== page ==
At the dawn of the 20th century, the United States was one of the world’s richest, most populous, and most technologically advanced nations. It was also a nation divided along numerous fault lines, with conflicting aspirations and concerns pulling it in different directions. America’s resulting intervention in World War II marked the beginning of a new era for the United States and for the world. In Robert Kagan’s new book, “The Ghost at the Feast: America and the Collapse of World Order, 1900-1941,” Kagan provides “a comprehensive, sweeping history of America’s rise to global superpower — from the Spanish-American War to World War II.”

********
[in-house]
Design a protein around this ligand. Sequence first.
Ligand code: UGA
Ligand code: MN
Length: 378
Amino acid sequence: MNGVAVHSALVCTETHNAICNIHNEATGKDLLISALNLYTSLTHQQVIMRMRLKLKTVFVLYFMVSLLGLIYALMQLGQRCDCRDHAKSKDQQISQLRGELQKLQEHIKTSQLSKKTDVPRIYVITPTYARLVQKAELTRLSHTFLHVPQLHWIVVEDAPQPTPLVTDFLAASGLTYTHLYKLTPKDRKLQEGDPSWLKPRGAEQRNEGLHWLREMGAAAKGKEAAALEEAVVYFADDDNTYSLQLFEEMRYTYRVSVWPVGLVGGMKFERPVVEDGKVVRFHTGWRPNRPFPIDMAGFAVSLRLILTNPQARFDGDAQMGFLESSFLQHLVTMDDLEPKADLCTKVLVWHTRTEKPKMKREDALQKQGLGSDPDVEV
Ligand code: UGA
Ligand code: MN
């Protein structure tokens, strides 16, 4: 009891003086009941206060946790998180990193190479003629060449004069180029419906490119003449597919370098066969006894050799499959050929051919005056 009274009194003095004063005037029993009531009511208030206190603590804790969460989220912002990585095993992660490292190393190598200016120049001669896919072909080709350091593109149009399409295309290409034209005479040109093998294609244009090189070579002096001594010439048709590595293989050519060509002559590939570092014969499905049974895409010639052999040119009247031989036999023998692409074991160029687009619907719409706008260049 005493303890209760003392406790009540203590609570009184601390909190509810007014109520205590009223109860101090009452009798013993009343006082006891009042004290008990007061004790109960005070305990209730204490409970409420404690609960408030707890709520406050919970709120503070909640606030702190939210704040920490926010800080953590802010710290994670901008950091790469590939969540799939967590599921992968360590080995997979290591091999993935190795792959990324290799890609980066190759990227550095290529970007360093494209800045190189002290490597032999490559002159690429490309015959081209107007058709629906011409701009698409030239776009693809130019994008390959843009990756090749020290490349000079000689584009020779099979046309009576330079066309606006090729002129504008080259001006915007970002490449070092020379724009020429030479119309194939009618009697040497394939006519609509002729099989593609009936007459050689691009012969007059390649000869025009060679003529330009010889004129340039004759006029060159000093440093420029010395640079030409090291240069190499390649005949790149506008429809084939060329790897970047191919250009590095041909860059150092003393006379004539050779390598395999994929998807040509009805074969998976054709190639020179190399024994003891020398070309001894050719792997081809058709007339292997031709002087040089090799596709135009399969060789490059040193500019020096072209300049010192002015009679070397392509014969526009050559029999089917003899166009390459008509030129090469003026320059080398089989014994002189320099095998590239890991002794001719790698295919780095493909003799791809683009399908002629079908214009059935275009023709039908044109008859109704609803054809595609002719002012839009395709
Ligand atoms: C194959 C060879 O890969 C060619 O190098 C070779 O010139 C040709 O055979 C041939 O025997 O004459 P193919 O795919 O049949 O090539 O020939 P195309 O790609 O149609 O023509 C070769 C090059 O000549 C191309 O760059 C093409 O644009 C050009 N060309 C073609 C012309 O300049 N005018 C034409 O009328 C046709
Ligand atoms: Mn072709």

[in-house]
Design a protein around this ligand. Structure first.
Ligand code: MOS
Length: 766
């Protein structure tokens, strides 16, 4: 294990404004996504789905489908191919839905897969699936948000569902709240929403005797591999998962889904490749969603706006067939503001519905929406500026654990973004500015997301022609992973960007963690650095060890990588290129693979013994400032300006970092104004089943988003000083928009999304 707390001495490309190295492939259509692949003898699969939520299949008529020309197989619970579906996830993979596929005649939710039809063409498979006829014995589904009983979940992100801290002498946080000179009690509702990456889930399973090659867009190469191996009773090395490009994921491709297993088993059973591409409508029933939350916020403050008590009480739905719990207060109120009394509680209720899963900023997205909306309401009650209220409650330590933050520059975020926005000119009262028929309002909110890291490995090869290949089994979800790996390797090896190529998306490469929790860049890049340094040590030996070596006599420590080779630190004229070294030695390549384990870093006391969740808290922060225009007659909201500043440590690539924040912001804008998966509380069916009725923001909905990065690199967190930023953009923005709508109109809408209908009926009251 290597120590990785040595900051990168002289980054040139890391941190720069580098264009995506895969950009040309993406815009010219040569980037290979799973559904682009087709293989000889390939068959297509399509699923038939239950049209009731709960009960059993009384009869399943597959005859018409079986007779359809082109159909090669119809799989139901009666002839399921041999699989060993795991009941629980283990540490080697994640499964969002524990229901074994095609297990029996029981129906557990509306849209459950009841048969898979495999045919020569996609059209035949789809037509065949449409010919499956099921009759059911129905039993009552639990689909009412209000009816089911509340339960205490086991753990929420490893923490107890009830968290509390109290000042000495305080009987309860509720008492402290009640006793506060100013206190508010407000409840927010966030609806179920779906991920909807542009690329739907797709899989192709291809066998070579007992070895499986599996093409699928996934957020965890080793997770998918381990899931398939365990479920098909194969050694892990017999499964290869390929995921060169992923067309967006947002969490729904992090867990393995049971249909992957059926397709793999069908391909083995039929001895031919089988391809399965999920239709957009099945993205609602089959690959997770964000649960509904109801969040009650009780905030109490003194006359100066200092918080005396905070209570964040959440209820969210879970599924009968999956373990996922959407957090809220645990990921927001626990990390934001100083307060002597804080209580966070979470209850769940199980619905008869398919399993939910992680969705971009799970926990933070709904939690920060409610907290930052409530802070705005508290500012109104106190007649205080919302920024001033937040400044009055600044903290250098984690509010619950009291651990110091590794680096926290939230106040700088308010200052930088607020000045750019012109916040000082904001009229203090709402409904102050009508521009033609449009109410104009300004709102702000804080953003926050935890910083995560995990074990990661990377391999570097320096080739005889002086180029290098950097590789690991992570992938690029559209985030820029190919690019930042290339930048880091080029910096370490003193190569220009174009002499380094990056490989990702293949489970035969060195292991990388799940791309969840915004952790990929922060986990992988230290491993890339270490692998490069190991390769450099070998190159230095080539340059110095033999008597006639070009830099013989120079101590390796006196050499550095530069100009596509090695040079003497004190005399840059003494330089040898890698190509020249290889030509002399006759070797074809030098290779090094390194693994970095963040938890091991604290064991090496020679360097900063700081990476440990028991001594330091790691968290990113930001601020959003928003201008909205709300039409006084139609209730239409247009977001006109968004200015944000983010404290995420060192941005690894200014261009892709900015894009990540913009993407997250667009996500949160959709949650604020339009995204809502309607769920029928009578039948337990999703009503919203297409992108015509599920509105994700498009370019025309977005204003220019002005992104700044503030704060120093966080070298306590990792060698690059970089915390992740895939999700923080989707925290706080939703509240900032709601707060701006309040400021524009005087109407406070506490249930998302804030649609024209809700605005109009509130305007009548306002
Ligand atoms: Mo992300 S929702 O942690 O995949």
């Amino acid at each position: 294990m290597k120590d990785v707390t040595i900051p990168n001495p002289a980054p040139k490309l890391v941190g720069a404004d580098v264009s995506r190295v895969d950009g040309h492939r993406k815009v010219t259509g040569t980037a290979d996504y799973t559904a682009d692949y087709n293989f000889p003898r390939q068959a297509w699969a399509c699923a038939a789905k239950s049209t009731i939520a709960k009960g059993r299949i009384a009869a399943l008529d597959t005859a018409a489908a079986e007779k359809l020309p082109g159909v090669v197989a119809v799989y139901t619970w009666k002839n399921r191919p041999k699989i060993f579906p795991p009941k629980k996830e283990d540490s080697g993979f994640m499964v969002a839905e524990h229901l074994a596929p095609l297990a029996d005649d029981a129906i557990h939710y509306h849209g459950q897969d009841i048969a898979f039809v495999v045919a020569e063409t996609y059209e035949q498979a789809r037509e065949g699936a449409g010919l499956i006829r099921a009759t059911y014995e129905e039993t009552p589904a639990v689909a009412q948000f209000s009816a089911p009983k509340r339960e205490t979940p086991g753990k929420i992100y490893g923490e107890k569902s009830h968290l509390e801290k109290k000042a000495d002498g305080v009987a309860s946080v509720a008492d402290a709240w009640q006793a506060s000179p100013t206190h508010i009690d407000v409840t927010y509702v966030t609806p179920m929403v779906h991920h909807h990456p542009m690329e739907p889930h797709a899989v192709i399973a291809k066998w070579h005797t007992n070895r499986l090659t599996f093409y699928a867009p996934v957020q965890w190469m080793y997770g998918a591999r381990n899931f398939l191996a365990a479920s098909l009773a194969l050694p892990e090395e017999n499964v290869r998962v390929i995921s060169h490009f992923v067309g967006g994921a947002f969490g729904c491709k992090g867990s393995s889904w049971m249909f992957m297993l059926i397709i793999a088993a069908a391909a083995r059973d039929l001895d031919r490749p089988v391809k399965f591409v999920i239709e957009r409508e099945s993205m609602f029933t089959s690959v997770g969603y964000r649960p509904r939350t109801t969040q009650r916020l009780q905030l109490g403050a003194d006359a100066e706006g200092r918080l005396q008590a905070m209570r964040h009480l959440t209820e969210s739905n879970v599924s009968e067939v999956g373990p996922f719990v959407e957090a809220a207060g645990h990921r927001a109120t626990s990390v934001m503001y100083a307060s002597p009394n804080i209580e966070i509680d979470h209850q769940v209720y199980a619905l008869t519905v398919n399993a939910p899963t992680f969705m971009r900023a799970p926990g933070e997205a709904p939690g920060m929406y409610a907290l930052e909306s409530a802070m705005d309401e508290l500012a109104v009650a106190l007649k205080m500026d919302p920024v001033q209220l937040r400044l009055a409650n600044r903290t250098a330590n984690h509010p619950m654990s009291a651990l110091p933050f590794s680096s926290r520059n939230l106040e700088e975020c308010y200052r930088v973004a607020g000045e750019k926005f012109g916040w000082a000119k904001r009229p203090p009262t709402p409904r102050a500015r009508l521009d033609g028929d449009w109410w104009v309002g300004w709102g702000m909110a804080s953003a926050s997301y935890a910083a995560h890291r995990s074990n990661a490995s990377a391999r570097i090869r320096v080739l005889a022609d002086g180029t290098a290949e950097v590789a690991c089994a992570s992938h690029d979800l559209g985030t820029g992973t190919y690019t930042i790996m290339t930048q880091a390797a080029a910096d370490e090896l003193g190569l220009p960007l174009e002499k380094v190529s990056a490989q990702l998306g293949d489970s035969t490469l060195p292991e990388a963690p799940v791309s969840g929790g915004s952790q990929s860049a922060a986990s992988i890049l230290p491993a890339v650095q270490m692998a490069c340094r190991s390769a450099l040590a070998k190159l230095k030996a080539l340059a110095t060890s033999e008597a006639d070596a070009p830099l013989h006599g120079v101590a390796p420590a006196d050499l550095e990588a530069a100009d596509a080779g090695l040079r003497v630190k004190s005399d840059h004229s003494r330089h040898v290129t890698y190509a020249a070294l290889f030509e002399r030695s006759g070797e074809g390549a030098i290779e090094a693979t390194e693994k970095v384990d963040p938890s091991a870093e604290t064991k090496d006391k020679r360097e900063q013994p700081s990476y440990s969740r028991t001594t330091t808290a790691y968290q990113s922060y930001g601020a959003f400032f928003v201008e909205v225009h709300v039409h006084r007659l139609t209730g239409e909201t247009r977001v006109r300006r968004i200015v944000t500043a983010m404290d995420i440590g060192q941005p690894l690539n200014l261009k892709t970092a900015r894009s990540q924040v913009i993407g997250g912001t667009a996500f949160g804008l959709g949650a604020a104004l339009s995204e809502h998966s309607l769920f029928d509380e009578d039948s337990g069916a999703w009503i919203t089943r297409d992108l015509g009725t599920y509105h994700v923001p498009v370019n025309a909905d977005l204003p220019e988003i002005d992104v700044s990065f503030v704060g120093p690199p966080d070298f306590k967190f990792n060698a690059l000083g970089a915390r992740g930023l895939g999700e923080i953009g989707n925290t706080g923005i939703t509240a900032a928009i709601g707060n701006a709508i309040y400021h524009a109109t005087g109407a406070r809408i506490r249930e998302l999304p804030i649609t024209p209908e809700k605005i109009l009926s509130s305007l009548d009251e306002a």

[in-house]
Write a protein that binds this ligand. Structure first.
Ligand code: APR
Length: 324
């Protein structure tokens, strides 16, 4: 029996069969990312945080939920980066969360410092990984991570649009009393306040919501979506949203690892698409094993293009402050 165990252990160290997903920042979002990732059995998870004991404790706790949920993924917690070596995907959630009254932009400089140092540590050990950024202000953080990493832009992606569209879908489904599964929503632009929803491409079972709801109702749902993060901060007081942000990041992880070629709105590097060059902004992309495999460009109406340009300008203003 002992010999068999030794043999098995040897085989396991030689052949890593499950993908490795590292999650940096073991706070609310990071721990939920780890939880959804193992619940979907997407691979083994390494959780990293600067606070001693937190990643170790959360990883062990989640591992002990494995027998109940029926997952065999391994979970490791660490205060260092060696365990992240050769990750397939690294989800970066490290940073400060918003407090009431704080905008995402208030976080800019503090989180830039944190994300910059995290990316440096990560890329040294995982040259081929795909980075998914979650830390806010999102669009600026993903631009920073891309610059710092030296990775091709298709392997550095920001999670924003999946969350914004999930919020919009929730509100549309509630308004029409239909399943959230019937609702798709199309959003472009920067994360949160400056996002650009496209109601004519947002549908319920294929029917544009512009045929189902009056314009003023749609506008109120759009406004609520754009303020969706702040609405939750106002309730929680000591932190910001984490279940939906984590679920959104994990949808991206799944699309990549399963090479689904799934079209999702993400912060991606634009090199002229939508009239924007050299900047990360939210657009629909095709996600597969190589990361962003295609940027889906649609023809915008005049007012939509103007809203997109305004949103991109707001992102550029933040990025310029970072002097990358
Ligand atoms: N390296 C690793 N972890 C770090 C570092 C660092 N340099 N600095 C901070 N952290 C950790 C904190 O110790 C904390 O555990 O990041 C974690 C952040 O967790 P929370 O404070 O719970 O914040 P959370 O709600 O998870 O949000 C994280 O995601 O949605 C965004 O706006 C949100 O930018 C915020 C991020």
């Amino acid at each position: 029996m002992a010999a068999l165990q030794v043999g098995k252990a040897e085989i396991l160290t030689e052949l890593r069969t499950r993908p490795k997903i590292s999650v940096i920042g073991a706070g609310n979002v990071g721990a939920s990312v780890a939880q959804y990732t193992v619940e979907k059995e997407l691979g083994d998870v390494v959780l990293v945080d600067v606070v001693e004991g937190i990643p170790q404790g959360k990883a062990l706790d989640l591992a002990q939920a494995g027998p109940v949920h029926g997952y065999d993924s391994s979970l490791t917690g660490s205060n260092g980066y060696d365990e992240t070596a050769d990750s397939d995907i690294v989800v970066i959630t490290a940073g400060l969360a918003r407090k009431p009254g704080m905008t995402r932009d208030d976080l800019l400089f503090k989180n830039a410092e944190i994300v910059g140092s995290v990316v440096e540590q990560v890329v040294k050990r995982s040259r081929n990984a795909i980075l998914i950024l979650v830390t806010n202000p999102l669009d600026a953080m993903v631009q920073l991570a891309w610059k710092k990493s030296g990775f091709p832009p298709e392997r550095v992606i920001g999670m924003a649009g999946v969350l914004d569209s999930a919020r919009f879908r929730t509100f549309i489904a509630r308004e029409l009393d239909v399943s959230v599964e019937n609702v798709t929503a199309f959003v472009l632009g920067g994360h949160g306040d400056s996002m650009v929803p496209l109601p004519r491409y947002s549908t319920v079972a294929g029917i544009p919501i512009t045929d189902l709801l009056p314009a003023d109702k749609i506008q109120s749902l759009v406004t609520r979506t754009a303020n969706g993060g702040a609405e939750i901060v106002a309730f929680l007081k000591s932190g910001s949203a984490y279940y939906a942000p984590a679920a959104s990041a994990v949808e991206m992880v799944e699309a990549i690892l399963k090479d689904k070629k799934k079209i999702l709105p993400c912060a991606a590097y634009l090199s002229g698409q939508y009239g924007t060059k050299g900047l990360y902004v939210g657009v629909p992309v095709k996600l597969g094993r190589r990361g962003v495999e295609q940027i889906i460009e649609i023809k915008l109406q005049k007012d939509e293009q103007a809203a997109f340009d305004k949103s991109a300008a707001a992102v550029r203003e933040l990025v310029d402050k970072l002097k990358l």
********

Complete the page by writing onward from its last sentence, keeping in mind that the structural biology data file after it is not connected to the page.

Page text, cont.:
On January 13, the Foreign Policy program at Brookings hosted a discussion with Kagan to analyze both the perils of American withdrawal from the world and the price of international responsibility.
Stephen & Barbara Friedman Senior Fellow - Foreign Policy, Strobe Talbott Center for Security, Strategy, and Technology, Project on International Order and Strategy
Director of Research - Foreign Policy
Co-Director - Africa Security Initiative
The Sydney Stein, Jr. Chair
Philip H. Knight Chair in Defense and Strategy
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